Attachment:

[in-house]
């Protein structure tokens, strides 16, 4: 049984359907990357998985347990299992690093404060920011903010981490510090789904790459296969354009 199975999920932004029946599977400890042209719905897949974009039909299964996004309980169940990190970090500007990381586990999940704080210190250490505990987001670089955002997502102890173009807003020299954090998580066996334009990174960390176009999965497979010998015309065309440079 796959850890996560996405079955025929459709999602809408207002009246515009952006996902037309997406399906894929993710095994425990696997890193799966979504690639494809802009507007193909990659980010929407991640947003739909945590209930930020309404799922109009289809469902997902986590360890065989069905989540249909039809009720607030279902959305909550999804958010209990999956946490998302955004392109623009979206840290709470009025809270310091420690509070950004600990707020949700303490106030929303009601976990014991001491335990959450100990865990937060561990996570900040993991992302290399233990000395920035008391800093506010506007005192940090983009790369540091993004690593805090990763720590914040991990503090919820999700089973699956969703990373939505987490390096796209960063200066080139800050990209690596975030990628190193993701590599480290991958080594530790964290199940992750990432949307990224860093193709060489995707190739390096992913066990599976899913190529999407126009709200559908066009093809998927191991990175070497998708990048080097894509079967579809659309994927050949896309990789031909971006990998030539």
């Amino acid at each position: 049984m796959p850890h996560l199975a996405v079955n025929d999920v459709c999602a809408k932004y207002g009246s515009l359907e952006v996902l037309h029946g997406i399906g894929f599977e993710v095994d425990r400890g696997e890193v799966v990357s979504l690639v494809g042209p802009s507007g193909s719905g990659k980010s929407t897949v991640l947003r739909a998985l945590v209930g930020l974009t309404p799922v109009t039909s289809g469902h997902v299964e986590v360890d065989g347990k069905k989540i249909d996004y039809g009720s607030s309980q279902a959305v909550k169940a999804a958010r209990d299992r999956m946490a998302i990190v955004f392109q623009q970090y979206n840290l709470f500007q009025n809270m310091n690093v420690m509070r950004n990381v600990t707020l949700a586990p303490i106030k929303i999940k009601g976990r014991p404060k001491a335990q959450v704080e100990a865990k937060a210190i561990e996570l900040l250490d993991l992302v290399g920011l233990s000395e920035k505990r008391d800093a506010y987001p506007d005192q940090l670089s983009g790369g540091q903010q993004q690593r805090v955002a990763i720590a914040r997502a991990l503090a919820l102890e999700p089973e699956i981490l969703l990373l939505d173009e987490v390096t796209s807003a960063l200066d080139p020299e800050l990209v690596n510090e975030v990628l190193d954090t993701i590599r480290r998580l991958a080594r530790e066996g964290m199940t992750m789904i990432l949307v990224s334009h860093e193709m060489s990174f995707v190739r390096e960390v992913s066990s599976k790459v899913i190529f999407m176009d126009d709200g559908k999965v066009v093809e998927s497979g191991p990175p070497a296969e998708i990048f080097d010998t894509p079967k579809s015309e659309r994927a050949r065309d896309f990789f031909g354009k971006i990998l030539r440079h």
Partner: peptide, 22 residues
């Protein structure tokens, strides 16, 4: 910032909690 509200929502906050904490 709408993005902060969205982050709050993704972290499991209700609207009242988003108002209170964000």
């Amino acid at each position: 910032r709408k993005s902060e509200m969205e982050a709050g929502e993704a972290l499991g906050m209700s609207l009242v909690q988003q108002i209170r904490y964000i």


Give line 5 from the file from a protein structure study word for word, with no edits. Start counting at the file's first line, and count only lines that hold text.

């Protein structure tokens, strides 16, 4: 910032909690 509200929502906050904490 709408993005902060969205982050709050993704972290499991209700609207009242988003108002209170964000």